Dell’s Inspiron 7000 gaming series has been a great way to pick up a midrange laptop with the chops for gaming without paying an arm and a leg. The current 15-inch system offers a Core i5-7300HQ, a GTX 1050 Ti, 8GB of DDR4, a 1080p display, and a GTX 1050 Ti for $ 900, and we’ve seen it on sale for less than this at various points in the last year. Now Dell is beefing it up further.
The new Dell Inspiron 7000 Gaming will offer a GTX 1060 option, a 4K display (if desired), and Thunderbolt 3 capability. We don’t normally cover single laptop announcements, particularly when a company is upgrading an existing product, but we’re making an exception for several reasons. First, I’ve often criticized the lack of affordable gaming laptops and the way these products have been pushed into the $ 1,000+ price brackets. I’m not claiming the Inspiron 7000 Gaming line is the only alternative to dropping four figures on a gaming laptop, but it’s a pretty good one, with GTX 1050-equipped laptops starting at $ 800. The other reason I’m writing about this laptop in particular is because a good friend of mine bought one just shy of a year ago, and it’s been an extremely solid purchase.
At 15 inches and a base weight of 5.76 pounds, the current Inspiron 7000 Gaming isn’t a small laptop, but it’s certainly portable. One potentially negative change to this design, courtesy of Tech Report, is the battery size. The current Inspiron 7000 Gaming has a 74 Whr battery, while the new model with have a 56 Whr battery. Technologies like Nvidia’s Battery Boost can improve battery life while gaming by cutting frame rates, but even with various tweaks to its design, this system won’t get as much battery life as the current version does — not when used for gaming or other significant workloads, anyway. The 4K panel, if you opt for one, will also be a heavier drag. There’s no information on why Dell slashed battery capacity, though it may have been related to using the larger, more powerful 1060 GPU.
Of Mobile GPUs and Acoustic Bombardment
There’s one other point I want to make about modern laptops, the Inspiron 7000 Gaming series, and mobile GPUs in general. The acoustic profile of any system depends on what kind of cooling the OEM uses, and Nvidia has made a great deal of noise about its Max Q program. Laptops classified as “Max Q” use “the most advanced thermal and electrical designs ever achieved, elaborate heatpipe and heatsink setups, the highest-quality low-noise fans, next-generation high-efficiency energy regulators, and optimized components from top-to-bottom.”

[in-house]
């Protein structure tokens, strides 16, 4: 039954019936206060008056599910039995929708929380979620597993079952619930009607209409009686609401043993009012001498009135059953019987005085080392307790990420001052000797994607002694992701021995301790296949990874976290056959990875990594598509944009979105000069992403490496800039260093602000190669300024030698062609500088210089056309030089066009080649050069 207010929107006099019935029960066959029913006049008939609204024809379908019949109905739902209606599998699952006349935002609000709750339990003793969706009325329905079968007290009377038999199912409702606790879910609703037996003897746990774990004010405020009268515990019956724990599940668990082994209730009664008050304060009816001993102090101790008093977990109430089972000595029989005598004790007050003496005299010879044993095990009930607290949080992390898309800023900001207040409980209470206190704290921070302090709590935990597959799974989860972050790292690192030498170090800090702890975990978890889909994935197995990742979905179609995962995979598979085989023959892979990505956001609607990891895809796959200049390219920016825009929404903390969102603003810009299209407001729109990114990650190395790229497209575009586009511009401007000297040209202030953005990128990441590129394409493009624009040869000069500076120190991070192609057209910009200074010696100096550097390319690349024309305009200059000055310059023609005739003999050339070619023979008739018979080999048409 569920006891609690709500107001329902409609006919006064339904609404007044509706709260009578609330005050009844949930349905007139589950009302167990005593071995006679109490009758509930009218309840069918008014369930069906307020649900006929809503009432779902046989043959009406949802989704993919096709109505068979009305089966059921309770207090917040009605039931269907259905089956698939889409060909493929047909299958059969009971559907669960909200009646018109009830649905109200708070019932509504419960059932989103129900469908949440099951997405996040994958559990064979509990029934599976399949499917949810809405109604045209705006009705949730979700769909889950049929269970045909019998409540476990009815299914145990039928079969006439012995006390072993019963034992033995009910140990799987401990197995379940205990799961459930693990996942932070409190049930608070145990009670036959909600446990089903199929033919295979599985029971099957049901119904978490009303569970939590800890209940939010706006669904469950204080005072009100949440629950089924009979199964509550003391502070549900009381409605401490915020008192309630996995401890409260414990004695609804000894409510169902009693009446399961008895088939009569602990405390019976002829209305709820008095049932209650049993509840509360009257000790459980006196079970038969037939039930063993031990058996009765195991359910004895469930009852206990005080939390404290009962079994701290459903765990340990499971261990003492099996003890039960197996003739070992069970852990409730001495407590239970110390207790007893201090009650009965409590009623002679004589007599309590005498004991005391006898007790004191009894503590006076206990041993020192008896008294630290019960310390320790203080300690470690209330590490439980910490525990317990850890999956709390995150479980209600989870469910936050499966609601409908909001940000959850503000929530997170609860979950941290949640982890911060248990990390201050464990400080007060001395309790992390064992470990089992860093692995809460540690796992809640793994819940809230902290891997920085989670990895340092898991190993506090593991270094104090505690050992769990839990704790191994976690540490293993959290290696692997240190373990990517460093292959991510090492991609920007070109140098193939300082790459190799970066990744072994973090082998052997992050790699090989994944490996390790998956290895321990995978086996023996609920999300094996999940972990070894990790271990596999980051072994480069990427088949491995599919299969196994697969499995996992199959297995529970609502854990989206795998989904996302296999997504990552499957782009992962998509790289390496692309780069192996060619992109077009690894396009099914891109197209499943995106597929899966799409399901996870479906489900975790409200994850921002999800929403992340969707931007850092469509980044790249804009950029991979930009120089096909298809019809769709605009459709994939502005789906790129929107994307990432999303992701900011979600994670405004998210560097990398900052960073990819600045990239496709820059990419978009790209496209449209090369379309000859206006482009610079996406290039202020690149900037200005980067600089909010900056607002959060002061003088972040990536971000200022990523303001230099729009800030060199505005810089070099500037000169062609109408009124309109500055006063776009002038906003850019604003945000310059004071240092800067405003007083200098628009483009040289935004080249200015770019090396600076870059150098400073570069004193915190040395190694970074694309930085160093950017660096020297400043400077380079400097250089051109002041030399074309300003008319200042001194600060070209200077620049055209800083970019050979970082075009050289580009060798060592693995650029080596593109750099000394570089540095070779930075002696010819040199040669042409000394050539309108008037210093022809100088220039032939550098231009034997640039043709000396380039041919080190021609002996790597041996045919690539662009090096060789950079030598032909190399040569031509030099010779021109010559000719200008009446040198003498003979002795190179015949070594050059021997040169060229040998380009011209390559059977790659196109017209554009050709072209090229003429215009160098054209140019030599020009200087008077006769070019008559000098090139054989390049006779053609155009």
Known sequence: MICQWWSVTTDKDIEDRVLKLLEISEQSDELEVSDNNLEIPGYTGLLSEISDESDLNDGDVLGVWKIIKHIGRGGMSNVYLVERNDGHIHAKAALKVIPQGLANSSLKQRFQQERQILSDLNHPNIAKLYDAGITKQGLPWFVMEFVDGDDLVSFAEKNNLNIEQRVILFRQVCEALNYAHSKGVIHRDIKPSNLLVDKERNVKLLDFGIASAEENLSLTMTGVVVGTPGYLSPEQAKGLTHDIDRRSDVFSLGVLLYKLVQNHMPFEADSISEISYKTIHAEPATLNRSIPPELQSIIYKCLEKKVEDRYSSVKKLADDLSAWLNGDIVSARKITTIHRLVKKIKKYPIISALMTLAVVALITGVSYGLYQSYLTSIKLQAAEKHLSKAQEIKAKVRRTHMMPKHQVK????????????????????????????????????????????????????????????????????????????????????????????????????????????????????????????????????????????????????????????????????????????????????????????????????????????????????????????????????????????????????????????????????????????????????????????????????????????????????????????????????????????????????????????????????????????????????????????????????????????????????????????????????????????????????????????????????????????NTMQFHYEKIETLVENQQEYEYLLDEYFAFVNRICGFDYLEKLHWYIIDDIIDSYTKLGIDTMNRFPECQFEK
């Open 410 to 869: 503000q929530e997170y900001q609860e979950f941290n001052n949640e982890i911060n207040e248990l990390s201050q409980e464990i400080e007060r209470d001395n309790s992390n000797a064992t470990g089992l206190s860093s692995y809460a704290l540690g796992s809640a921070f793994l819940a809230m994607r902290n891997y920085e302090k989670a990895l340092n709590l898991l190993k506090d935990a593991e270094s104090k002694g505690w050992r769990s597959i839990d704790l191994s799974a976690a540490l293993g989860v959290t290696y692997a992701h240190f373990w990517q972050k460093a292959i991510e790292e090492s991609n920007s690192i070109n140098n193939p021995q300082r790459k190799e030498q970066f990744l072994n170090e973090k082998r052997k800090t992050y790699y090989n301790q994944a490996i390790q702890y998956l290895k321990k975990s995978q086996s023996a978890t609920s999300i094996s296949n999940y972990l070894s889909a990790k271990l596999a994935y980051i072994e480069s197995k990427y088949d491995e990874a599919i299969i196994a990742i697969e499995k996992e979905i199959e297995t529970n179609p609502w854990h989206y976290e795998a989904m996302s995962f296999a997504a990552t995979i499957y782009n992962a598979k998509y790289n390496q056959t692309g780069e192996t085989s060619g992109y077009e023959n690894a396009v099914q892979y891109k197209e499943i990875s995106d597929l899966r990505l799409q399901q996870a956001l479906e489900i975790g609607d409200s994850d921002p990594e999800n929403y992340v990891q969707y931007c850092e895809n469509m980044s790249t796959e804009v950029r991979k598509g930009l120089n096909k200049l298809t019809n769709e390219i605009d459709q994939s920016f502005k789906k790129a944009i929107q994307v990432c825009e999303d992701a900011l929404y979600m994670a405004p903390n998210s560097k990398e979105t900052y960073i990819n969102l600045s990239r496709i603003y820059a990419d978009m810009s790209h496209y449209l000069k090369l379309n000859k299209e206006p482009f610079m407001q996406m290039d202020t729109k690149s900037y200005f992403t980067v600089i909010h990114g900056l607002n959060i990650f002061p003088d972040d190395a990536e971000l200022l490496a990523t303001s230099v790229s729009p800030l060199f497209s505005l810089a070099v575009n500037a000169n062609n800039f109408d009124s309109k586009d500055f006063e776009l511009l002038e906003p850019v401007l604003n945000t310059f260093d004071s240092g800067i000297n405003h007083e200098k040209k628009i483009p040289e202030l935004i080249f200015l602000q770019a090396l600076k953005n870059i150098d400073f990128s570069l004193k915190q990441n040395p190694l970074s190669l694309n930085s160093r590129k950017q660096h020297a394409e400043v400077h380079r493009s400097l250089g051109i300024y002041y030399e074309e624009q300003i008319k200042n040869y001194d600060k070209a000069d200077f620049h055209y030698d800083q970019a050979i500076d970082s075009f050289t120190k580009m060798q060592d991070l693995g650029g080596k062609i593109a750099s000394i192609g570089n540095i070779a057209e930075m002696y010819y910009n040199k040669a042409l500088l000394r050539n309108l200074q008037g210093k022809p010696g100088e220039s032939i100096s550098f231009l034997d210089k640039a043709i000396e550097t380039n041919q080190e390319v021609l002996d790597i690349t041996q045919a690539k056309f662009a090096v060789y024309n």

All of the above being the case, one thing is still true: Gaming laptops with powerful GPUs are still pretty loud — and the more powerful the GPU, the louder they get. It’s entirely possible Nvidia still bins its best Pascal GPUs for mobile, so we can’t treat desktop TDPs as being equivalent to their mobile counterparts. But the desktop GTX 1050 Ti is a 70W card, while the GTX 1060 has a 120W TDP. Even if their mobile variants are 50W and 90W or 30W and 70W, you’ll still be dissipating a great deal more heat with the 1060 compared with the 1050 Ti.
One of the advantages of larger laptops for gaming is they tend to have cooler surface temperatures and aren’t nearly as noisy. Dell’s 2016 Inspiron 7000 Gaming laptop with a GTX 1050 Ti gets noisy enough to be distracting if you aren’t wearing headphones. Dropping a 1060 into that system will probably make it significantly louder, unless Dell used the space from the smaller battery to design a bigger cooler.
My own rule of thumb is this: As you increase the size of the laptop, you can typically step up one GPU with (roughly) the same noise profile. A 13-inch system is probably best suited to a 1050 and may struggle to handle a 1050 Ti. 15-inch laptops will be quiet with a 1050, significantly louder with a 1050 Ti, and objectively loud with a GTX 1060. 17-inch laptops are likely very quiet with a 1050 Ti, louder with the 1060, and may well hit the same “loud” objective standard with a 1070 or a 1080. As you increase the size of the laptop, you can typically step up one GPU at the same time, with (very roughly) the same final noise profile. Again, this is strictly a rule of thumb — if you’ve got a 15-inch laptop that’s whisper-quiet with a GTX 1060 that’s awesome and you should tell us where you got it.
Gamers who want a powerful GPU but not the noise that comes with it do have an option to eat their cake and have it, too. The Nvidia Profile Inspector (it’s now separate from the Nvidia Inspector utility) can be used to set frame rate limits in most games. Unlike Battery Boost, this works whether you are plugged in or not.
Nvidia Profile Inspector (available here) can be used to activate a frame rate limiter in most games; I’ve tested it on multiple titles and not yet found a game it can’t support. You can set this option as part of the Global Profile (shown above) or as part of a specific game profile. This can dramatically reduce system noise because it stops the GPU from simply rendering as many frames as it can, as quickly as it can. My own preferred target is 45fps — it’s a happy medium between 30fps (too slow, often jerky) and 60fps (better for responsiveness, but often noisy on a smaller laptop with a powerful GPU). If the frame rate limiter does happen to cause an issue, profiles for specific games or the entire global profile can both be restored to default.
Dell hasn’t given any details on pricing for its new Inspiron 7000 Gaming laptop, but based on what I’ve seen of the 2016 models, this should be a solid system. And keep the Profile Inspector option handy if you want to be able to control how loud your laptop is — it produces significantly better results than options like cutting the GPU’s clock and memory speeds.
Now read: The Best Gaming Laptops of 2017 (via our sister site PCMag.com)